Christine and Al Hernandez of Gilroy stand in their recently refurbished kitchen. The makeover cost them $60,000, but the couple says they’re happy with both the aesthetic and functional changes.
After years of living in a tract home, Gilroyan Christine Hernandez and her husband Al were looking for a change of scenery. The couple figured they could spruce up their kitchen, sell their home and invest in a new place, but one look at local real estate prices quickly changed their minds.
"We decided maybe we should just remodel, so we could get the kitchen we really wanted, but we wouldn't have to move," said Christine Hernandez. "The house is 1,700 square feet, but the dining room, front room, kitchen and family room were all separate, so all of them were pretty cramped. We decided to open it all up to make one great room."
With the help of contractor Curtis McCowan, the Hernandezes created the kitchen - and living space - of their dreams. They poured $60,000 into their kitchen, but despite the heavy price tag attached to the remodel, they're coming out in the black.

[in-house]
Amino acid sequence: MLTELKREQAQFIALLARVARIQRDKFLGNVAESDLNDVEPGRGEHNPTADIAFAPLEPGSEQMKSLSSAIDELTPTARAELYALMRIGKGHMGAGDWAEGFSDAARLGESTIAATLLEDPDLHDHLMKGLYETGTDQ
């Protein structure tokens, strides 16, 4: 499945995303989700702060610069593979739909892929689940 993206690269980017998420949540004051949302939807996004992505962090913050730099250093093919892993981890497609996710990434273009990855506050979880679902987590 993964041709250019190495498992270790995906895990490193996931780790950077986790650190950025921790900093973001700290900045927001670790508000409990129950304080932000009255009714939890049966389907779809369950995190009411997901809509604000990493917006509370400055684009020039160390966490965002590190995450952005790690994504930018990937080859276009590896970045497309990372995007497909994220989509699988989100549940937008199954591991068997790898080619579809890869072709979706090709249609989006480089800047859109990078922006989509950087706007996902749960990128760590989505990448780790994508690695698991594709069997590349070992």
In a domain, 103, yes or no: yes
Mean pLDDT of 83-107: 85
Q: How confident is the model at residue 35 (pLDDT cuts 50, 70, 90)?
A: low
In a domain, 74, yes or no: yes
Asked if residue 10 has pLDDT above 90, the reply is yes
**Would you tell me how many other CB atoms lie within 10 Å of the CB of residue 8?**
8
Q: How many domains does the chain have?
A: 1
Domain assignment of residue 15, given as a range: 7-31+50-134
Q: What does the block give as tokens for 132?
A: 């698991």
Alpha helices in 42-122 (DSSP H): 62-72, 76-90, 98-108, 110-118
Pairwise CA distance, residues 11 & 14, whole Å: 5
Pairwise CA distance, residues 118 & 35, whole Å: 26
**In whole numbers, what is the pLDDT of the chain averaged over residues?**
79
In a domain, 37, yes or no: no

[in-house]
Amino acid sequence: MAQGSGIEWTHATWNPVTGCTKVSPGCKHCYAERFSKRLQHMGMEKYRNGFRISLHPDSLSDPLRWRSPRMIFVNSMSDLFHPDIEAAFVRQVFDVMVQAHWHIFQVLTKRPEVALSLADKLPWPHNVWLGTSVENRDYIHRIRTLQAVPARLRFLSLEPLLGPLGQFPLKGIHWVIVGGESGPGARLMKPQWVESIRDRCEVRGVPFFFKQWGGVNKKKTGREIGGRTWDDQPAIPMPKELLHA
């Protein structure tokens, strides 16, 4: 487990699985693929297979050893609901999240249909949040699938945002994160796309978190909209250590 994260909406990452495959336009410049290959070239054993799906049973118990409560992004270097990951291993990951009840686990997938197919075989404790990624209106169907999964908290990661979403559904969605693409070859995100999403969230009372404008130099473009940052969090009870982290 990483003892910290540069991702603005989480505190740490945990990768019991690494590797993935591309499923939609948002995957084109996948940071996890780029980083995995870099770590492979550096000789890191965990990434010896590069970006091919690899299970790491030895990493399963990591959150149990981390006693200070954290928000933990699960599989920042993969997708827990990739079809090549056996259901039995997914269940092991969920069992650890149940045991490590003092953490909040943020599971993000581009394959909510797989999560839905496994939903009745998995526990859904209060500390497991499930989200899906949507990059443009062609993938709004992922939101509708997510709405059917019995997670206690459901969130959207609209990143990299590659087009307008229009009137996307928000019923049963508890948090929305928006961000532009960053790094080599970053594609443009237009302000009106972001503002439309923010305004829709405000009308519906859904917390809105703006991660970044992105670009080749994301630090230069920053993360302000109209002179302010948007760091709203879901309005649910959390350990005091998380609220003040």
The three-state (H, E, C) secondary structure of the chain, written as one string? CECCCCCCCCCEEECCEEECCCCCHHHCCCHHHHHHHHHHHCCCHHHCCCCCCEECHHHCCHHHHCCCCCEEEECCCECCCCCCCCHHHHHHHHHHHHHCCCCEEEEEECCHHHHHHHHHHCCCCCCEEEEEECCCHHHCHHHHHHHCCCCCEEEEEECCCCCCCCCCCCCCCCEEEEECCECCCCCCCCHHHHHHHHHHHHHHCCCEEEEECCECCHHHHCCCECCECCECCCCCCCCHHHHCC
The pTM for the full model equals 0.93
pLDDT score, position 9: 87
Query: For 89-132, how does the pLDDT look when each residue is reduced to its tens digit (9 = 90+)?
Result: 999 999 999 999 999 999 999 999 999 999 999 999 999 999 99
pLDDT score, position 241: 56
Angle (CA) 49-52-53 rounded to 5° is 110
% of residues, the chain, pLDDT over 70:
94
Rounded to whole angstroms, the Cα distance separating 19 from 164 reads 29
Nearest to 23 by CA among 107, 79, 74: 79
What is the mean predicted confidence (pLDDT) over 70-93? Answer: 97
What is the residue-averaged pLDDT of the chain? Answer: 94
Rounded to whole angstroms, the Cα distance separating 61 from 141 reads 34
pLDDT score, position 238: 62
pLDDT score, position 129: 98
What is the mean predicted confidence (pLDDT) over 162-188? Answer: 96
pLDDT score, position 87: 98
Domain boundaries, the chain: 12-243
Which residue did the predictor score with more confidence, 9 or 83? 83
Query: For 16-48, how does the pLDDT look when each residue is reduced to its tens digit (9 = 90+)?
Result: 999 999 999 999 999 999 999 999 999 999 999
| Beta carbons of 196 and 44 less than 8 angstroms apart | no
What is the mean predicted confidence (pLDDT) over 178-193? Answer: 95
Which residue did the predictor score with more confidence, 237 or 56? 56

That's because kitchen investments, although pricey, are also functional improvements that can increase the value of a home. To get the biggest return on an investment that large, there are a few decisions to make, according to local contractors.
Partial kitchen remodeling jobs for this area usually cost $16,000 to $20,000, and larger jobs involving a total gutting of the kitchen can cost $40,000 and up, according to McCowan, owner of A-1 Service and McCowan's Construction. However, remodeling a kitchen can return 97 to 108 percent of value on a total remodel and 110 or 111 percent on a smaller change, he said.
For those who do decide to go a bit farther with their kitchen makeovers, cabinets are often the first thing homeowners decide to change, said McCowan. Rather than pull down existing structures, he suggested homeowners who simply want to refresh the look of their storage space try refacing their cabinets or replacing some cabinet doors with glass centerpieces.
"A cabinet is just a box," said McCowan. "And you're better off having a plywood box than a particle-board box. One thing I've found people doing that's a major mistake is they're taking down solid wood cabinets and sticking in these particle board things they get at Home Depot or Lowe's or Sears. Sure, they look good on display, but the quality's not there."
The only time that full cabinet replacement is a good option, McCowan said, is when a homeowner is gutting and significantly remodeling his or her kitchen, or if he or she wants a significantly different style of cabinet.
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